We parked next to Lake Winfield Scott, geared up, and hit the trail head.

We were pretty much under a constant canopy of green the entire hike. Thoughts of what this might look like in about six weeks when the leaves would be all sorts of colors went through our minds as we trekked along.

The reason why this hike was categorized as moderate to difficult was the elevation gain. We started at just over 2800 feet and would make a steady climb to just over 3800 feet in the first three miles. So the first part was part were we burned the most calories but it was worth it. There were no points on this hike that had great vista of the surrounding mountains, again, mostly covered in a green canopy of leaves.









I enjoyed this hike and it was a pretty good workout, especially the elevation gain. One of the things my fitbit does is count stairs. It considers a 10 foot elevation gain as a set of stairs. The final count of stairs registered at 125! I thought that might be off as it was roughly a 1000 foot elevation gain. But a closer look at elevation profile made me realize that there were plenty of up and downs along the way.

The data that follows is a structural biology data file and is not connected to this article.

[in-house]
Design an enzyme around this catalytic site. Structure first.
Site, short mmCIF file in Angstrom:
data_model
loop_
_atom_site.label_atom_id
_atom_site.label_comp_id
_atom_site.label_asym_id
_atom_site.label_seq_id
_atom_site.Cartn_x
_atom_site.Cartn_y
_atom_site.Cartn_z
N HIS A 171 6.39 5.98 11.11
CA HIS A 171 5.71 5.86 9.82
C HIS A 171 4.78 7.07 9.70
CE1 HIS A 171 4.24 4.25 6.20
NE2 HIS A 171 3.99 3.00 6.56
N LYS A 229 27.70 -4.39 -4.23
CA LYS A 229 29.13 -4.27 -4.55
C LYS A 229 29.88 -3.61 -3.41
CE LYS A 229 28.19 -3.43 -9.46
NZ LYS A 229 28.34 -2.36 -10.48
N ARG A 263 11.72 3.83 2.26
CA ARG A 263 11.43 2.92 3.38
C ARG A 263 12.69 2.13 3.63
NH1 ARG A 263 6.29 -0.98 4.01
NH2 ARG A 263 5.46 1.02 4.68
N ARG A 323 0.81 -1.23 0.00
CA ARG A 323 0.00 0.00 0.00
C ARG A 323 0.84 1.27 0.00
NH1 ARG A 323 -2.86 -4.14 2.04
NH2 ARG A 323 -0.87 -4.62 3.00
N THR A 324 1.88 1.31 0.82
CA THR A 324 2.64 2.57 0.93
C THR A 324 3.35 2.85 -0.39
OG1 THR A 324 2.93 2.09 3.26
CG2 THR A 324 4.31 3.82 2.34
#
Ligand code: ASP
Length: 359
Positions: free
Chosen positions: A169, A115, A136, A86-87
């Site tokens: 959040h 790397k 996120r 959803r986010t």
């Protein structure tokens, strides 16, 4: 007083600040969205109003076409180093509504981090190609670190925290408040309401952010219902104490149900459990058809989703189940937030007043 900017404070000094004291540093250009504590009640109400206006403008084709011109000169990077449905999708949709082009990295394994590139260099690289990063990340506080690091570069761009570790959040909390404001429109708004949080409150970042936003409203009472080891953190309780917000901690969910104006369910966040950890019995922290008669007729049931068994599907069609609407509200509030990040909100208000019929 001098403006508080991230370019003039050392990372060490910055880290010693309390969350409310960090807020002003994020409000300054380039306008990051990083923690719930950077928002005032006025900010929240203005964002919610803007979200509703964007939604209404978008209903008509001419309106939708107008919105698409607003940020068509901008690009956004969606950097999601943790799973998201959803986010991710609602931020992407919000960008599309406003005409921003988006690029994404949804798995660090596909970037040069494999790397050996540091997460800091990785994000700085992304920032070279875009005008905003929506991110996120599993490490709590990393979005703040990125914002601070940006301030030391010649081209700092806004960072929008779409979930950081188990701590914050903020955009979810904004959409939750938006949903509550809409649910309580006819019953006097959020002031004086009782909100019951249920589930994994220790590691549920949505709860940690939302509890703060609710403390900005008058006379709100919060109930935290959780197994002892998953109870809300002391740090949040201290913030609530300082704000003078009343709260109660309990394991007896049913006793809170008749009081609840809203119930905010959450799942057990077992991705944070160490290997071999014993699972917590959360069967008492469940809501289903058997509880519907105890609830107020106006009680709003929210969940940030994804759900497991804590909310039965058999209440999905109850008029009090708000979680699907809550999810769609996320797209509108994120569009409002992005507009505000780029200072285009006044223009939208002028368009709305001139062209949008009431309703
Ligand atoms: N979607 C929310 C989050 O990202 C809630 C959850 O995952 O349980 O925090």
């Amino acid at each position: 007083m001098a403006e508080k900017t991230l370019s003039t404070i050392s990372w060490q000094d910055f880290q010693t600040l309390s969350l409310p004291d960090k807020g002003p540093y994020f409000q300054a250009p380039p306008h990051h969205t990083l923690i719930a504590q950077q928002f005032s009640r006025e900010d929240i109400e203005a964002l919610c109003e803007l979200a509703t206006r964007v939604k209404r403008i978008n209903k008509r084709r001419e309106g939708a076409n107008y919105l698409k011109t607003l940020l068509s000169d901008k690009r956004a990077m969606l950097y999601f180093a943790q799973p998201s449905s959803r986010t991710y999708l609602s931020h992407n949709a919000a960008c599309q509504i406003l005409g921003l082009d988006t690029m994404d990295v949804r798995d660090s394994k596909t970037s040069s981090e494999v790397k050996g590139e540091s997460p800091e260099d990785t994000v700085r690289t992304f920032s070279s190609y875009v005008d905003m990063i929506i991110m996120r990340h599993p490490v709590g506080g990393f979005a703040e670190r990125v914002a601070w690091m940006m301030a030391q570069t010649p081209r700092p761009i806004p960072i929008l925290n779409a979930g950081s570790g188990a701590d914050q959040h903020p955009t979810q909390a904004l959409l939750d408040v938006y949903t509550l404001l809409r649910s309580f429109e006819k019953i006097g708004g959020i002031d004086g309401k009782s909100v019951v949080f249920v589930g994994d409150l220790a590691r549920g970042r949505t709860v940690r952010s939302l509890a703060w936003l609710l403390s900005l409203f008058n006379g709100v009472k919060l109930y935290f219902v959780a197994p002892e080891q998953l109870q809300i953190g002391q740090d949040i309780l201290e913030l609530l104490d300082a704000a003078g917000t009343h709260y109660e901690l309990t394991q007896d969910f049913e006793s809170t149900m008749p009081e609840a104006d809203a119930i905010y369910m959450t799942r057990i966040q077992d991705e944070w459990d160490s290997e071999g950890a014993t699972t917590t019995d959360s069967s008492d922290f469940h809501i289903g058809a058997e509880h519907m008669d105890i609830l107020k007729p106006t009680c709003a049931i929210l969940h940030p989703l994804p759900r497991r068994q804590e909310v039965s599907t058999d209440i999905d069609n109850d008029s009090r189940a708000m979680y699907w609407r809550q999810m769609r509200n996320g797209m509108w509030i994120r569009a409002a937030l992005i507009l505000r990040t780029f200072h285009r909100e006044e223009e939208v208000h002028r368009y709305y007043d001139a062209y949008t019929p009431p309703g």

It was a good hike.

Sunday, September 13, 2015

Number 54 & 55 Suwanee Fest 5K/10K


It's not often when the chance comes along to do two races in one day but the opportunity did present itself on Saturday. I really did like the cause of the Suwanee Fest Superhero 5K & 10K Classic, it was a benefit for Cure Childhood Cancer. The 5K started at 7:30 and the 10K at 8:30 and since I've really slacked off doing races this year, it just made sense to do both.


As usual I arrived early to the race only this race was different. When I picked my race bib & packet, they also gave me a cape. So I donned my cape, walked around a bit only to find Batman & Robin and the Batmobile!


Very fitting with the Superhero theme of the event. Back in the day that was one of my favorite TV shows.


For both races the Batmobile lead the way.


About 350 people did the 5K and close to 150 people did the 10K. The way I found out about the race was through the meetup (meetup.com) walking group I typically walk with on Saturday mornings. Michelle, our meetup group organizer posted about this race instead of meeting up at our usual location. I'm glad she made us aware of this great cause. Although I think other meetup-ers did the 5K, with 350 racers and hundreds of more spectator/supporters I just did not see them.


The 5K started at exactly 7:30 and we were lead through the timing chute by the Batmobile. I walked the 5K in 41 minutes and 19 seconds, a pace of 13:20 minutes/mile.


After grabbing a water after the 5K I did run into Maria and Rick, from the meetup group. The three of us lined up near the back of the 10K-ers. And just a few minutes later, we were off.


Once again the Batmobile started us on our way.  As we progressed through the race I discovered that this was Rick and Maria's first 10K and not only that, it was Maria's first race ever!